The landlocked country of Mali, once a French colony and a cultural hub of West Africa, was overrun in January 2012 by a coalition of Tuareg and terrorist groups moving south towards the capital of Bamako.

Achieving MINUSMA’s stabilization and development objectives has policy and security implications is critical to U.S. national interests. Among its achievements, the UN has helped Mali broker a peace deal between the armed groups that kickstarted the crisis, successfully organized two free and fair presidential elections, and steadily expanded state authority, paving the way for the country to govern itself once again.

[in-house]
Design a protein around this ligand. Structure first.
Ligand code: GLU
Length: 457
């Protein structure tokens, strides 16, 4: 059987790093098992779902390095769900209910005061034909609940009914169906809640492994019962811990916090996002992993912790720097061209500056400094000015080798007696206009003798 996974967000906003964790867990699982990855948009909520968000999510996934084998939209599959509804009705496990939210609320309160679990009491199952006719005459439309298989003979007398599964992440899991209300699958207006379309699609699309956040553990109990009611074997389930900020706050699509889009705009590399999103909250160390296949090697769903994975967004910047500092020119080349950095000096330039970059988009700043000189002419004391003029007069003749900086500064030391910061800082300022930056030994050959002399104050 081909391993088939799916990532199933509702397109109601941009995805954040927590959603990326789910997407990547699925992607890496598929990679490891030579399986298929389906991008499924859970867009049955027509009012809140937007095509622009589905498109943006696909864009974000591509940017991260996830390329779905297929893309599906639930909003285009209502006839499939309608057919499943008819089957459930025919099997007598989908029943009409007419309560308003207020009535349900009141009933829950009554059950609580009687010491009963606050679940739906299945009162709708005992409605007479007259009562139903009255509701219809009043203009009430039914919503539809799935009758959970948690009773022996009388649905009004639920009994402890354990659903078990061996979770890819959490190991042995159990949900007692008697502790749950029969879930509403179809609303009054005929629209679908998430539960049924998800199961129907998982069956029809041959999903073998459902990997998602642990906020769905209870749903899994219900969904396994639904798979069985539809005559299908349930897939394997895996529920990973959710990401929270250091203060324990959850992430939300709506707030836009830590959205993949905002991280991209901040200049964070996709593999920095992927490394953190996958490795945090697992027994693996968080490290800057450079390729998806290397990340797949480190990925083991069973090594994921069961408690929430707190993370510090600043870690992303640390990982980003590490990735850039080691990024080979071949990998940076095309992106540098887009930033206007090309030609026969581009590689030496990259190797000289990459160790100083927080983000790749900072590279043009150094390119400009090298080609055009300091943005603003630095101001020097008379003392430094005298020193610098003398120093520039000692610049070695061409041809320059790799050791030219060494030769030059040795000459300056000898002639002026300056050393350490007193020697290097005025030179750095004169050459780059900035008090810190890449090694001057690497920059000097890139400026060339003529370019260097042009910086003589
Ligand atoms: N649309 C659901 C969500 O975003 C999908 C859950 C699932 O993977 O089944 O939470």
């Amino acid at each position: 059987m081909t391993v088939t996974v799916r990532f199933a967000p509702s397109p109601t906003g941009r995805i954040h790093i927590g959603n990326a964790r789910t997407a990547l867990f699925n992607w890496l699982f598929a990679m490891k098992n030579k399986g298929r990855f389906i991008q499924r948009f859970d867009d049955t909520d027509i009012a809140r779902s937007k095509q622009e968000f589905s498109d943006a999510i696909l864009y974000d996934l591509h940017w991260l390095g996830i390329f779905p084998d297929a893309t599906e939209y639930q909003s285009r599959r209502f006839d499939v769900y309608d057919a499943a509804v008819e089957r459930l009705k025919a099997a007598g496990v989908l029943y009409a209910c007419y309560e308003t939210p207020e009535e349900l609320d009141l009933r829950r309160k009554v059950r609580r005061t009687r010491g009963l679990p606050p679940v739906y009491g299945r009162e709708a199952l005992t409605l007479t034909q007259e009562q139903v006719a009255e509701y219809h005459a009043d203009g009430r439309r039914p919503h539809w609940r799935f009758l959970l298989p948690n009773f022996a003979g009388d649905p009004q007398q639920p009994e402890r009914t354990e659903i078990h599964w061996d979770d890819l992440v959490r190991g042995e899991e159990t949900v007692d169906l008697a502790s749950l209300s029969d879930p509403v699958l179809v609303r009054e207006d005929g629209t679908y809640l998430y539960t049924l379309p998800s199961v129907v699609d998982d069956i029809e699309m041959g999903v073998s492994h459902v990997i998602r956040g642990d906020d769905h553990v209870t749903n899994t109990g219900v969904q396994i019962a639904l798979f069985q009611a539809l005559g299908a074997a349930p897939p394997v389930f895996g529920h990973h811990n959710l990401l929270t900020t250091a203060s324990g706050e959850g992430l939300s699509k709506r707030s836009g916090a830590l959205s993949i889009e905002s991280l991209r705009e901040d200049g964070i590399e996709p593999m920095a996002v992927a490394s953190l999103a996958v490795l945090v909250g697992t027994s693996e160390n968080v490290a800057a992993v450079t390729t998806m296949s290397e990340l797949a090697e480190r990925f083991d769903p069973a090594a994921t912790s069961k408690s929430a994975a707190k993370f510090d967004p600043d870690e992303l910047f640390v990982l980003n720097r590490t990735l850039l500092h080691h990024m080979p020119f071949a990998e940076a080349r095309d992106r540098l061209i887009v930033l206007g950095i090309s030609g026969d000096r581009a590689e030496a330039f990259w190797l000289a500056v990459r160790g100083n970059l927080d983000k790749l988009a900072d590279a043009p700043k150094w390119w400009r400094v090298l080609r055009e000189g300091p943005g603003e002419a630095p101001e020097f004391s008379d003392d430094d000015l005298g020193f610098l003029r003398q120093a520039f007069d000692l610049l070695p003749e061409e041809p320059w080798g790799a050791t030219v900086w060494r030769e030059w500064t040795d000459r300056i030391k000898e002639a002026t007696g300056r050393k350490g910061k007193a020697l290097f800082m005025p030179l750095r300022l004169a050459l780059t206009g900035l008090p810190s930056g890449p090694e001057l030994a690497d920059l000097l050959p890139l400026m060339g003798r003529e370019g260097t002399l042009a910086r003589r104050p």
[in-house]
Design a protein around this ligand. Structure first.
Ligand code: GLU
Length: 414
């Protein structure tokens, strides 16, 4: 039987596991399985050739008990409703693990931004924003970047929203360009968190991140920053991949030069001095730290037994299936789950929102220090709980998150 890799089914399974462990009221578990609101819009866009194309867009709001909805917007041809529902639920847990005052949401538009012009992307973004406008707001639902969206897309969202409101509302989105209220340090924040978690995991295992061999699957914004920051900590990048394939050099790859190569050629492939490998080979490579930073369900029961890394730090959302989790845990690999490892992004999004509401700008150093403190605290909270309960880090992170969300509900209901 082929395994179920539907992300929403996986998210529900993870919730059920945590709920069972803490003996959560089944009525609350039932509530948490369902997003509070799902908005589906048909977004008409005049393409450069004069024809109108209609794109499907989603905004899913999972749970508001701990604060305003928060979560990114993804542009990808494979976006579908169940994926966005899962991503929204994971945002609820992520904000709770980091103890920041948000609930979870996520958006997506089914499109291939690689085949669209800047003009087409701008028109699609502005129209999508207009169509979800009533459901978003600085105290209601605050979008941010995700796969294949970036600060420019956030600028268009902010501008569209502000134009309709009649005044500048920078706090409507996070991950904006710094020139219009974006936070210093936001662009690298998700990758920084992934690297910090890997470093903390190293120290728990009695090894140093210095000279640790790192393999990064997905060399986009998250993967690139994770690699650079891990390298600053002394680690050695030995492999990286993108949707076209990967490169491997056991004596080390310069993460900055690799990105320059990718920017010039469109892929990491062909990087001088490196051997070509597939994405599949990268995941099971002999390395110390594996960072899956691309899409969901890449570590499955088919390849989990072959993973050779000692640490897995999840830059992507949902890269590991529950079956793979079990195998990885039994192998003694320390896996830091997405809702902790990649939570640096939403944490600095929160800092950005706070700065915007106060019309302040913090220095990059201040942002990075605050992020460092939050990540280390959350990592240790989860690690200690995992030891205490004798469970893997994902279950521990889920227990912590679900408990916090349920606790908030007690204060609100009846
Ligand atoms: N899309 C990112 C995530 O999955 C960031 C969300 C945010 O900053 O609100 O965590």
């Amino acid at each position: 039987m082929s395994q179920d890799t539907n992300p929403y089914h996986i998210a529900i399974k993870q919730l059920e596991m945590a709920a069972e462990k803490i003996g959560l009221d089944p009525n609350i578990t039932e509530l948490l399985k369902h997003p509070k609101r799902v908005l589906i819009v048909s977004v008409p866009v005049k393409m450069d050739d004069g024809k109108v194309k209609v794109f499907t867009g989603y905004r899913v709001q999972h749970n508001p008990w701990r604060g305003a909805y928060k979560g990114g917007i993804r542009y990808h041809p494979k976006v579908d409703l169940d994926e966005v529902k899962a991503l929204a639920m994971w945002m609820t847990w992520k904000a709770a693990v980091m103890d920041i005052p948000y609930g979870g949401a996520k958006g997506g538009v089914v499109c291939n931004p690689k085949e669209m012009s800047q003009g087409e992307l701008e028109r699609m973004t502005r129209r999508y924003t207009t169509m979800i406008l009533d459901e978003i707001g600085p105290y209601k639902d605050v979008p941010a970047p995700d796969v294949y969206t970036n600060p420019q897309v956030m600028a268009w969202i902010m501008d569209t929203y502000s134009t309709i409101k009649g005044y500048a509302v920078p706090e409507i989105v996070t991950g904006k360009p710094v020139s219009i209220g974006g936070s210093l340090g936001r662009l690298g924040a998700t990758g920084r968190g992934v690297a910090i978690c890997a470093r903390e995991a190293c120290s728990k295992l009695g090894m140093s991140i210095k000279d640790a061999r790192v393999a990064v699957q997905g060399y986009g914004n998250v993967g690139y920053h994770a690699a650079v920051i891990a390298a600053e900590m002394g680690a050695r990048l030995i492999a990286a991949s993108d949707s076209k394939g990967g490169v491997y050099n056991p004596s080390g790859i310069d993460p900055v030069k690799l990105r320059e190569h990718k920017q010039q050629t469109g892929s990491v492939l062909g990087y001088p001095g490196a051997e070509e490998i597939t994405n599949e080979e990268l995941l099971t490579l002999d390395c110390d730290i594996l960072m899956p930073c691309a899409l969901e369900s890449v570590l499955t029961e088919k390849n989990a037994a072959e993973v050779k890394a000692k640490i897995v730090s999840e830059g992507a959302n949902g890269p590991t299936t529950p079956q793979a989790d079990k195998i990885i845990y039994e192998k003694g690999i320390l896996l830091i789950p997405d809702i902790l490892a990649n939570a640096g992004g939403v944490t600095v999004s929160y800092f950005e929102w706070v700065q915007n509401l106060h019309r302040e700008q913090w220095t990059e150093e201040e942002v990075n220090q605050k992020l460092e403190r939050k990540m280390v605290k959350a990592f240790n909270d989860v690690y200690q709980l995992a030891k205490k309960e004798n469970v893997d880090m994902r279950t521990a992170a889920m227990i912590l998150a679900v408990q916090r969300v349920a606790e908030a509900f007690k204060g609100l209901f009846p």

But much is left to do–and it cannot be done strictly by MINUSMA alone. That is to say, the limitations that the UN has encountered in Mali–its inability to fully protect civilians, foster a sense of national cohesion, and fully stabilize the rapidly deteriorating center, are not a result of flaws in MINUSMA itself or its leadership, there are inherent structural limitations in UN peacekeeping as a whole. These are limitations that the Secretary-General is hard at work addressing through the newly released Action for Peacekeeping Initiative. While those reforms are pursued, we can unabashedly say that failure in Mali would mean a return to rampant instability in a country straddling a critical geographic nexus and compromise

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